Mills Bakery

Our structural and civil engineering design helped transform an abandoned naval facility into a stunning, state-of-the-art, mixed-use attraction on Plymouth’s waterfront.

Mills Bakery

Mills Bakery is a Grade I listed building situated within the Royal William Yard on Western King, Plymouth. Built in 1831, this classic Victorian-era building was used as a naval facility, but had seen no use since the Ministry of Defence left it in the 1980s.

As part of wider proposals for the whole yard, developer Urban Splash planned to transform the building into an elegant, contemporary mixed-use scheme comprising residential, office and commercial space.

Our structural design team provided civil and structural engineering consultancy services. Throughout the design, it was essential that all historic features were treated with respect, that structural repairs were sympathetic and involved minimal disruption to the fabric of the building. Given the substantial nature of the stone, cast iron and timber primary structure, the engineering challenges presented were manifold; to this end the team worked closely with other design team members and English Heritage.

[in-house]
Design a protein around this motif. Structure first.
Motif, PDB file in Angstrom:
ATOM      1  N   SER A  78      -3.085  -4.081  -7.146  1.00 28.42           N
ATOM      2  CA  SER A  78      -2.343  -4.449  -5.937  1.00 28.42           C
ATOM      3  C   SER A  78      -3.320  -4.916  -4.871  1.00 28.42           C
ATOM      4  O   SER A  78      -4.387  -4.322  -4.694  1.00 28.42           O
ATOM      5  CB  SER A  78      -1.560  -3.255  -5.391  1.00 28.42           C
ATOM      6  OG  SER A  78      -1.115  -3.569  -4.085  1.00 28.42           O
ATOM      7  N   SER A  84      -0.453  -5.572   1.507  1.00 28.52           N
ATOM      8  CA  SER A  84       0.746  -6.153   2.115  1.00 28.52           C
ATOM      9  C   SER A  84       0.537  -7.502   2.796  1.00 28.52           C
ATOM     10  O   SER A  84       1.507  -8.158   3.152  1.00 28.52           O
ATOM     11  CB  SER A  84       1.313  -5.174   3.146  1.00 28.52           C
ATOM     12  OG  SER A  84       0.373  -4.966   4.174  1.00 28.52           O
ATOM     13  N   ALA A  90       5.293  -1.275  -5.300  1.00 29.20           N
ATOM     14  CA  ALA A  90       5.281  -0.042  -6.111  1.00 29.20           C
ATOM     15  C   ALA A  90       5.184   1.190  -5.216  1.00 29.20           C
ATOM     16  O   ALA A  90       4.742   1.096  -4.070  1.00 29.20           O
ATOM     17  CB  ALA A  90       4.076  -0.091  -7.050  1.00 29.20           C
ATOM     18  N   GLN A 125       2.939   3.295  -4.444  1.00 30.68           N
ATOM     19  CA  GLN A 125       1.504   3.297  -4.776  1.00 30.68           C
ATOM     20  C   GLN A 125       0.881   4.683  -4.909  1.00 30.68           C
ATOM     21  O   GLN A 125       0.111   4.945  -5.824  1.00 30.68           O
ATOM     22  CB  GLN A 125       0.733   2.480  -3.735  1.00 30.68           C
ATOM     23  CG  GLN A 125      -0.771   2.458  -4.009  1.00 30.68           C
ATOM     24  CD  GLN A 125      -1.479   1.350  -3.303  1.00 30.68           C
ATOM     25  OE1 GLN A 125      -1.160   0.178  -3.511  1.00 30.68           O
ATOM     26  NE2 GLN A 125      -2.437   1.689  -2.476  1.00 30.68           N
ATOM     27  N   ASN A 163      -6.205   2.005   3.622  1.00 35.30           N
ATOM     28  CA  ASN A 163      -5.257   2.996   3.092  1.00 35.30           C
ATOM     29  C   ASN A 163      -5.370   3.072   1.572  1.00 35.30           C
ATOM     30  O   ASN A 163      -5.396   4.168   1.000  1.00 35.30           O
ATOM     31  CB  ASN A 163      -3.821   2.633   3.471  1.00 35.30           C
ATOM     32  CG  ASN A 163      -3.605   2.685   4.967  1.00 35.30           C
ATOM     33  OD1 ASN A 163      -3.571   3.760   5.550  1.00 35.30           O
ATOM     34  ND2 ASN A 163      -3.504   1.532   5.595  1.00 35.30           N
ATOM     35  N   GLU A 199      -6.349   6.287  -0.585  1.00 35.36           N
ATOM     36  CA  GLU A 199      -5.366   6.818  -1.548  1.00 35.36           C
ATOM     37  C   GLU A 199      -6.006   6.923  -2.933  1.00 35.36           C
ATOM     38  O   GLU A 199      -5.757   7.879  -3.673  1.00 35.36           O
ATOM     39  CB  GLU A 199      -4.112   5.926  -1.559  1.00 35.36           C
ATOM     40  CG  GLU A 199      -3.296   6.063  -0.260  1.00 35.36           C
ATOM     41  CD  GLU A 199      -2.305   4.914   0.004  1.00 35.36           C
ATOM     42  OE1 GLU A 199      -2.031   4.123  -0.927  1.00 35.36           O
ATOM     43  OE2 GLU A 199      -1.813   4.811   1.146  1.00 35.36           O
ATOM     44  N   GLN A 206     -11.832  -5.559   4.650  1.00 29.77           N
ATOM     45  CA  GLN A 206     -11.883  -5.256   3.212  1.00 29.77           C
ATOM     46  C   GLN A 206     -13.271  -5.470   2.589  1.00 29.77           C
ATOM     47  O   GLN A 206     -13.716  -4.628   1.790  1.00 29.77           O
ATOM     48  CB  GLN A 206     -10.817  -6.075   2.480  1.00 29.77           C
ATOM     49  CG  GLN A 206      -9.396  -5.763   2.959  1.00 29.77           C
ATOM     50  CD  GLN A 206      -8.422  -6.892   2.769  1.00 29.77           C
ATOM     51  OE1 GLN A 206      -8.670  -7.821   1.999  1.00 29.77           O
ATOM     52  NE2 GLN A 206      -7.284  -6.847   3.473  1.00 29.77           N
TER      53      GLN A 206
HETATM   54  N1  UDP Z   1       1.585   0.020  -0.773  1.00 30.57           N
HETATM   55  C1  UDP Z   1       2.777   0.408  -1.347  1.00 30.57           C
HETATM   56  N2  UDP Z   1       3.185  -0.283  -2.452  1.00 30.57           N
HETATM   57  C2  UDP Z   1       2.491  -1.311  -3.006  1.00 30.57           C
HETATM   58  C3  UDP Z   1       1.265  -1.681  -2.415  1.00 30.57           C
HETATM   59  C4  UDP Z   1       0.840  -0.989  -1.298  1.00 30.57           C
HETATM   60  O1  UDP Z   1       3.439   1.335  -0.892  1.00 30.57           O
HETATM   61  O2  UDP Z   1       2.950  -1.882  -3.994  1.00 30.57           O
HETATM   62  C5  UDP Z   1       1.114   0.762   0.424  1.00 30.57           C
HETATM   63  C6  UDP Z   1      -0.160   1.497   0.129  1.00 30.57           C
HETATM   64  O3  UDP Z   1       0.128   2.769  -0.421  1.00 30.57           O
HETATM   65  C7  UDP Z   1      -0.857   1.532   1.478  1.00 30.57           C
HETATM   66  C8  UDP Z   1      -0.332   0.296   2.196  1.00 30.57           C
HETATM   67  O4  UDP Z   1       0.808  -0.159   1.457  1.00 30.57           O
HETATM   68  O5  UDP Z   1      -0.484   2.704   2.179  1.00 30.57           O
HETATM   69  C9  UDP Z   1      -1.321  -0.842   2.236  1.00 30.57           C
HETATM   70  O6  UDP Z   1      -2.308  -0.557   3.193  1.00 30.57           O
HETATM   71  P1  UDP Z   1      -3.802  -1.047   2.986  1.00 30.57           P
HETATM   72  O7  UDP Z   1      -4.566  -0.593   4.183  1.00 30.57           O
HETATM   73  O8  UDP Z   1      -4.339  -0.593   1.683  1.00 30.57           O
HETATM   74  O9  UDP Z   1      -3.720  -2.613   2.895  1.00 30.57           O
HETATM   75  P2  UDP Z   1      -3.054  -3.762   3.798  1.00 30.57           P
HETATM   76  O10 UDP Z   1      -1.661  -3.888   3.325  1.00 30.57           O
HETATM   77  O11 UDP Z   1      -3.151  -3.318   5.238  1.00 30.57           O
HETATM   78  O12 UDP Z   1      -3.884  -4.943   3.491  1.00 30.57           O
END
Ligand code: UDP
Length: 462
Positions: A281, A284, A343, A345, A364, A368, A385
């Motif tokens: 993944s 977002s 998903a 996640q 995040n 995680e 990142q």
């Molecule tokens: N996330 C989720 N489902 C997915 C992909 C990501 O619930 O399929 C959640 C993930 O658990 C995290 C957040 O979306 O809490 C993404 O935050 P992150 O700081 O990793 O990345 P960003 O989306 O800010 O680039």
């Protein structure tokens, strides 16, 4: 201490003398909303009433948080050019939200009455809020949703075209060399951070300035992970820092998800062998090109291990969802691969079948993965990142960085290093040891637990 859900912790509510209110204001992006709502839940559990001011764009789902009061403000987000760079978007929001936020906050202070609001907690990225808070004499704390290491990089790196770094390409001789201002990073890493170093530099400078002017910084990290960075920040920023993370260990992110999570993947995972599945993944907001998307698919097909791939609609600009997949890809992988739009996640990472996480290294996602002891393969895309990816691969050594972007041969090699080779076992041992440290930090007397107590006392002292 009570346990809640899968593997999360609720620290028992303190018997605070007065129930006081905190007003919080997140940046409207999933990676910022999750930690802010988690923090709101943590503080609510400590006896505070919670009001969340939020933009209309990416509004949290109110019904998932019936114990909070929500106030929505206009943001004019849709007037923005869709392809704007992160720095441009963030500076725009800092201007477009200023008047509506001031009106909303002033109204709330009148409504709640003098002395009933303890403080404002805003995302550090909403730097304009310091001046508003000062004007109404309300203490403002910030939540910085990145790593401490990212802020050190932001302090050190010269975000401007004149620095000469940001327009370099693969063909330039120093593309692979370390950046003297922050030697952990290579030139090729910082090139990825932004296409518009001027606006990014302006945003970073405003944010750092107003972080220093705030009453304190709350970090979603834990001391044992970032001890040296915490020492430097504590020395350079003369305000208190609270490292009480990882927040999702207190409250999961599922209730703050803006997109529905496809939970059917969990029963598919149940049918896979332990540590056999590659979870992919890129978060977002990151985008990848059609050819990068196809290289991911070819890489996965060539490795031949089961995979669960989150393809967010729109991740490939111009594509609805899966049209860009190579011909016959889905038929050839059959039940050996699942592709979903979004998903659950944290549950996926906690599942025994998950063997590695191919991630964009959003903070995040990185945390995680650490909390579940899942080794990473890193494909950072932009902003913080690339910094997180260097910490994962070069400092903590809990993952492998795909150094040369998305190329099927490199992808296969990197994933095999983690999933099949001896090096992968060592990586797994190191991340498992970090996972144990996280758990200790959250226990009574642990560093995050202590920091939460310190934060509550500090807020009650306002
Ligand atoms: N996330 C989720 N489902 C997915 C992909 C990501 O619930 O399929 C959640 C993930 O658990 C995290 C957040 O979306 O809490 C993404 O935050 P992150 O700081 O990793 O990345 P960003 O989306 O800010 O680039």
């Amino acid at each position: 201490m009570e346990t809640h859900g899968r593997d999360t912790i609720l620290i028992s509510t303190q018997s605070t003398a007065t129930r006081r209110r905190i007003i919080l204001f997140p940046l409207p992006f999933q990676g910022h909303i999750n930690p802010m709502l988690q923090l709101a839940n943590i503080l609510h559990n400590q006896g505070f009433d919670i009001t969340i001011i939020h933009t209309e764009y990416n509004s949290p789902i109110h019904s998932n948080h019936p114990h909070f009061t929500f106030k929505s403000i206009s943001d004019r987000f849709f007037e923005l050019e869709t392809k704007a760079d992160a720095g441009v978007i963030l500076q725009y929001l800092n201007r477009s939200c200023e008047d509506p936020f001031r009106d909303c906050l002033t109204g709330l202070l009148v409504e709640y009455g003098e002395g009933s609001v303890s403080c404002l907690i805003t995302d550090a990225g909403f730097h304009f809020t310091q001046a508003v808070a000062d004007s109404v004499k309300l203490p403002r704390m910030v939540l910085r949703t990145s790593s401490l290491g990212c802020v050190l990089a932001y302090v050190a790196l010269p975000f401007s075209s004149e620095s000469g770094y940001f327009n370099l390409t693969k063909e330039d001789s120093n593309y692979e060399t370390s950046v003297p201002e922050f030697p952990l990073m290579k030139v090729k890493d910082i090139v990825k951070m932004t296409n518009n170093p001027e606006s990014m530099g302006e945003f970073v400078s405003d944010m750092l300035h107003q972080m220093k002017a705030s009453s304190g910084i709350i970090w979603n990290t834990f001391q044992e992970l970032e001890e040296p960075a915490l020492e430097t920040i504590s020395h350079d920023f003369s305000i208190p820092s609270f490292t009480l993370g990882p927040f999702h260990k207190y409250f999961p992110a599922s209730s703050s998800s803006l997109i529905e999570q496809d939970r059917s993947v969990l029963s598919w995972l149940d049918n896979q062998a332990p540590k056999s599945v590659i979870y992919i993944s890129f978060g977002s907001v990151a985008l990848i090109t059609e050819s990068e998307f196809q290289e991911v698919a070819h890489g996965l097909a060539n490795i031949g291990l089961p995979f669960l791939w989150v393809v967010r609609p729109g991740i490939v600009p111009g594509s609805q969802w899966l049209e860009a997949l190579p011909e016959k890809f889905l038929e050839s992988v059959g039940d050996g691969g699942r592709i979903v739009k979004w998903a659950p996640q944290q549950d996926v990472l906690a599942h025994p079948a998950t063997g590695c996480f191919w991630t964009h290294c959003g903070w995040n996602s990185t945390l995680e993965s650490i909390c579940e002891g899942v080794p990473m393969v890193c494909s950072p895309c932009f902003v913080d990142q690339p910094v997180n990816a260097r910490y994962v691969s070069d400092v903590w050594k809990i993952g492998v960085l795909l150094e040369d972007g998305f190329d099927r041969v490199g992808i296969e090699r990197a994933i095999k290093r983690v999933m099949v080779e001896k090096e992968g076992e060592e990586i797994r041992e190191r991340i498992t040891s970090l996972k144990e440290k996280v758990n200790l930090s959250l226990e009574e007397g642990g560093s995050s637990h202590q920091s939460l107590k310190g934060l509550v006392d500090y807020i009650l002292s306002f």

A key aim of the project was to open up the many dark spaces within the building where there were few or no windows, allowing natural light in by modifying the existing structure to create atria and stairwells.

A dramatic atrium serving the residential area rises through the middle of the building, with aesthetically designed steelwork supporting the floor and glass balustrade. Adjacent to this space, a two-storey high structural opening was made in the 1m thick stone wall, and an impressive five-storey staircase hangs from drop rods.  

The office area revolves around a three-storey high atrium containing a scissor stair, designed closely with the architect. The stair is supported only at landing levels, with no support at the half landing points, which was technically very challenging - normally, such a design is not possible in buildings where the original structural form is as functional in nature. However, the south edge of the atrium was remodelled to incorporate a concrete slab and load-bearing masonry core, which was the ideal structure to resist the large lateral reactions from a scissor staircase. The atrium is a spectacular space and the stair itself forms a stunning focal point.

The development is now a landmark area within Plymouth’s waterfront, comprising 88 apartments with office, retail and leisure facilities and easy-access transport links. The retention of the building’s original features and sympathetic design earned Hydrock several awards, including being shortlisted for the ‘Heritage Award for Buildings’ in The Institution of Structural Engineers Awards 2008, and awarded the 2011 RICS 'Building Conservation Award', the Daily Telegraph British Homes Awards 2010, the 2010 Gold Standard Building for Life Award 2010, and the 2010 RIBA South West region award.